As from last year, the most innovative of the international agribusiness meet at the Animal AgTech Summit. Last year held in San Francisco and this September in Amsterdam, the Netherlands. Here are 5 initiatives from the poultry industry that you will be hearing more about.
Some of the larger animal nutrition and health companies, like Trouw Nutrition, Cargill, Zoetis, Boehringer Ingelheim and Merck/MSD, sent representatives to talk and discuss with one another the challenges of the modern era. Each in their own way, these companies have embarked on finding innovative ways to embrace new technological solutions. MSD, for instance, earlier this year completed its acquisition of the animal identification company Antelliq/Allflex. Late last year Zoetis introduced its herd monitoring software Smartbow, while in 2018 Boehringer Ingelheim did the same with its biosecurity tool Combat.
On the other side of the spectrum, there are also many smaller companies whose initiatives have just seen the light of day, whose technologies may still require more investment before they can become profitable, or whose concepts are seeing a breakthrough right now.
Traditionally, viruses can be prevented with vaccines – but there are also other ways to deal with viruses. Anti-virals are known in human medicine; these are elements which prevent the virus from replicating. An approach like this can be used with any virus – but regulatory matters and food safety concerns make it a lengthy process before they can hit the market. “An antiviral against ASF, if permitted or required by emergency legislation could have been ready for use late last year,” said CEO, Erwin Blomsma.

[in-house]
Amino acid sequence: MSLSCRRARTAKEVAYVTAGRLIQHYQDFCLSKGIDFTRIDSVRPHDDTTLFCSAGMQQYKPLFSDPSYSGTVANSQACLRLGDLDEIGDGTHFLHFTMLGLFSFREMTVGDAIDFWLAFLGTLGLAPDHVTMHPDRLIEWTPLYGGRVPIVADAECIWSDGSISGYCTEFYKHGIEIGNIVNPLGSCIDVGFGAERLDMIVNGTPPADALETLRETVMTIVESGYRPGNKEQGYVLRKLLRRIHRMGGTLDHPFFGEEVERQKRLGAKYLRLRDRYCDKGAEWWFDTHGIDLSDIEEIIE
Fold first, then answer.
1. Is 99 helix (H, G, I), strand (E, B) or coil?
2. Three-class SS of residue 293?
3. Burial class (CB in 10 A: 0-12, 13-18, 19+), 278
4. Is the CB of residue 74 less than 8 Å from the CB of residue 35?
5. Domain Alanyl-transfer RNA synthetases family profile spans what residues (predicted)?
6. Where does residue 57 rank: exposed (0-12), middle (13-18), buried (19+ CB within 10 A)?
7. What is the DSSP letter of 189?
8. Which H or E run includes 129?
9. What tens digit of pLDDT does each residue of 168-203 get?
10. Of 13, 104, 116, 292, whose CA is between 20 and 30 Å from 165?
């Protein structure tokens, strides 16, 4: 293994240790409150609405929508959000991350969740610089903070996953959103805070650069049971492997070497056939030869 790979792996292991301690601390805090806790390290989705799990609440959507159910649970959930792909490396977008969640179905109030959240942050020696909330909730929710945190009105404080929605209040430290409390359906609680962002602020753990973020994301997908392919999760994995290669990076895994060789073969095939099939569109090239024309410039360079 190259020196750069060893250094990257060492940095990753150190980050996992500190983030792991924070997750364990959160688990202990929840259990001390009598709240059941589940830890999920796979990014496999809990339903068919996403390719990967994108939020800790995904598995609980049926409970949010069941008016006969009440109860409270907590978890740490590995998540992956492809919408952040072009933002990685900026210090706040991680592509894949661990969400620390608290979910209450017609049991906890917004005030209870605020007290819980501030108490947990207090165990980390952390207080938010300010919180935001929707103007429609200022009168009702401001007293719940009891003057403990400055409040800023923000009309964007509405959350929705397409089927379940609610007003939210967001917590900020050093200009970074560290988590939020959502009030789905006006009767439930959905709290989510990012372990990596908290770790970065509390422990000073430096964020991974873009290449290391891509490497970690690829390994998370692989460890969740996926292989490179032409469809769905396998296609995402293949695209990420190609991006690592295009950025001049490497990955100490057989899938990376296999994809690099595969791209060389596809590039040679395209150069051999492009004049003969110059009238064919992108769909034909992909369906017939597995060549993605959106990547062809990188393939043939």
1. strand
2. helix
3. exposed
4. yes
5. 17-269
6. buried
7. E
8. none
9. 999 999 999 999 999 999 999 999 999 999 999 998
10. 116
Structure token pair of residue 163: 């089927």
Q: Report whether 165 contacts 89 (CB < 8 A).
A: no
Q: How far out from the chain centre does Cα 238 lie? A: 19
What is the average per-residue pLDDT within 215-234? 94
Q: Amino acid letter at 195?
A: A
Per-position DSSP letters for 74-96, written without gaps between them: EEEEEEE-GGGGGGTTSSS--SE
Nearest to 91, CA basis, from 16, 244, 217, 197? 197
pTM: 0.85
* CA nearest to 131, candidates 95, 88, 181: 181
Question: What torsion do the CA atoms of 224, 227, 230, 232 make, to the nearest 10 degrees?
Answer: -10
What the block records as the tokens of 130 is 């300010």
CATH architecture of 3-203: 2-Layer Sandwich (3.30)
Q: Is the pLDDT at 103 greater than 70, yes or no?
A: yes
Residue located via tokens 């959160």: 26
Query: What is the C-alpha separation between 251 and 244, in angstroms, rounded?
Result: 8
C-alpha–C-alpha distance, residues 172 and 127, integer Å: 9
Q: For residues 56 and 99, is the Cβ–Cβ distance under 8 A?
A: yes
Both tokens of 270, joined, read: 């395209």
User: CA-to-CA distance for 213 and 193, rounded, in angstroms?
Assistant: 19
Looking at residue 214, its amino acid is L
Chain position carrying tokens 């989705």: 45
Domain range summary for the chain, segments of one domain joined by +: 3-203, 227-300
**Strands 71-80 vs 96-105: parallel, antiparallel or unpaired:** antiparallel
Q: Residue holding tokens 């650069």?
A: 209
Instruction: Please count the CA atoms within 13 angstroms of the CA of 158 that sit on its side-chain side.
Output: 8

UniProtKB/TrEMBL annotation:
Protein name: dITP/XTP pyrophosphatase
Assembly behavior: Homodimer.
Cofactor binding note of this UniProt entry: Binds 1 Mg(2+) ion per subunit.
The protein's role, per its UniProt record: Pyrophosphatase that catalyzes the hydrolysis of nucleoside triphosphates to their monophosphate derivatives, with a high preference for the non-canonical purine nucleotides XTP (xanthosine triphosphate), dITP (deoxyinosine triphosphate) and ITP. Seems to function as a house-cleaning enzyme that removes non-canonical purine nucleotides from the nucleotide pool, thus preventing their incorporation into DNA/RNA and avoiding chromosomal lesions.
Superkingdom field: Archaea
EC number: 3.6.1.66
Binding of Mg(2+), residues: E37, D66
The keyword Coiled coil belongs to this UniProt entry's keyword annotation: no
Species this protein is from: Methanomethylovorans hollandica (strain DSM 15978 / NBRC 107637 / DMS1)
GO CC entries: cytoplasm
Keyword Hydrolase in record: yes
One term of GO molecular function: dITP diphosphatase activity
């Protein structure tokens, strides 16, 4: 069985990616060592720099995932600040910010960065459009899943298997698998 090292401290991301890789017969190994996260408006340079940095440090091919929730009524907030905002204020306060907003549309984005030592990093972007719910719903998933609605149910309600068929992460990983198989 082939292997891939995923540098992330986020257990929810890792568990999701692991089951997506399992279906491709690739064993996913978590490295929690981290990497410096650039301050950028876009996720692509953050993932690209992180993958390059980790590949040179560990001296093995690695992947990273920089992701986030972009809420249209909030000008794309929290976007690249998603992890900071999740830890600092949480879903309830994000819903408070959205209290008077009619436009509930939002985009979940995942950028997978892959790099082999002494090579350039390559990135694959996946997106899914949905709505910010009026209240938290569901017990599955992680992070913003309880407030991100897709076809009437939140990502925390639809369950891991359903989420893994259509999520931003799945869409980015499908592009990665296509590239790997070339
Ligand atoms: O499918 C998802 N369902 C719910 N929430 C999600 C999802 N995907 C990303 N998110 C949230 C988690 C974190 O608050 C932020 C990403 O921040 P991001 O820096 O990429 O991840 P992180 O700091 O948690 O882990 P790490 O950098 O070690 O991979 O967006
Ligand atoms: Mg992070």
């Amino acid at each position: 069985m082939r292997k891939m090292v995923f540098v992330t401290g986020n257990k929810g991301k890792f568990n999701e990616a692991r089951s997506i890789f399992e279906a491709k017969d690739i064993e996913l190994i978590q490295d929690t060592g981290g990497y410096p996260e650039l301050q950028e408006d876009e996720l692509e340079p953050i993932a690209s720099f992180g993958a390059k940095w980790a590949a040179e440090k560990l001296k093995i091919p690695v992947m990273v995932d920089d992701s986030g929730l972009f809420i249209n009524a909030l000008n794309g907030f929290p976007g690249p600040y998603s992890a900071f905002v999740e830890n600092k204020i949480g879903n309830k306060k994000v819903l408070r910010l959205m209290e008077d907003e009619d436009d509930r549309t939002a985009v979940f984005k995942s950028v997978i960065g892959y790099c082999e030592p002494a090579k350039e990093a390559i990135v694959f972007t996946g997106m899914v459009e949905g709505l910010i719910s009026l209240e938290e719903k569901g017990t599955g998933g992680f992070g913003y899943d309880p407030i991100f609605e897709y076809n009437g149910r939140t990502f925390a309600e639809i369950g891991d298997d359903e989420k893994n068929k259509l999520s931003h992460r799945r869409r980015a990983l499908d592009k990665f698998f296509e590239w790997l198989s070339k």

The company Unibio, headquartered in London, UK but with a strong base in Denmark, uses waste to create something new. Using a U-Loop Fermentor it converts methane into protein that can be used for animal nutrition. Aquaculture has been the main focus of attention so far but the company also presented figures from a small-size trial in post-weaning piglets. The material presented showed that the animals did not experience any increase in diarrhoea compared with using zinc oxide in the feed.
The animal health company Proteon, based in Lodz, Poland, focuses on the use of phages – or viruses – that attack specific types of bacteria. This approach could offer a promising alternative to antibiotics. COO Matthew Tebeau explained that the company already has a phage product ready for tackling salmonella in poultry. He noted that it is currently awaiting EU regulatory approval for the marketing of this type of animal health strategy to begin. The company is working on more products for pigs, aqua, dairy and poultry in the meantime.
German company Seleggt, founded in March 2017, aims to further the research on endocriniological gender identification in hatching eggs. As managing director Martijn Haarman explained, the company’s goal is to create practice-ready solutions that can rapidly analyse a large number of hatching eggs which will mean that male chicks will soon no longer have to be killed. Retailers are already selling the first eggs with the added value (and label) of “No Chick Culling” throughout Berlin, in Germany.
Ÿnsect was one of the major sponsors of the event. The company promotes the use of ŸnMeal, for example, a defatted free flowing protein that comes from insects. At Animal AgTech the company’s CCO, Benjamin Armenjon, shared the results of trials conducted in Thailand, where it was tried and tested in shrimp. The use of this type of protein was observed to have an effect on growth and immune status. Some trials in poultry were also shared. The company further markets the product ŸnOil.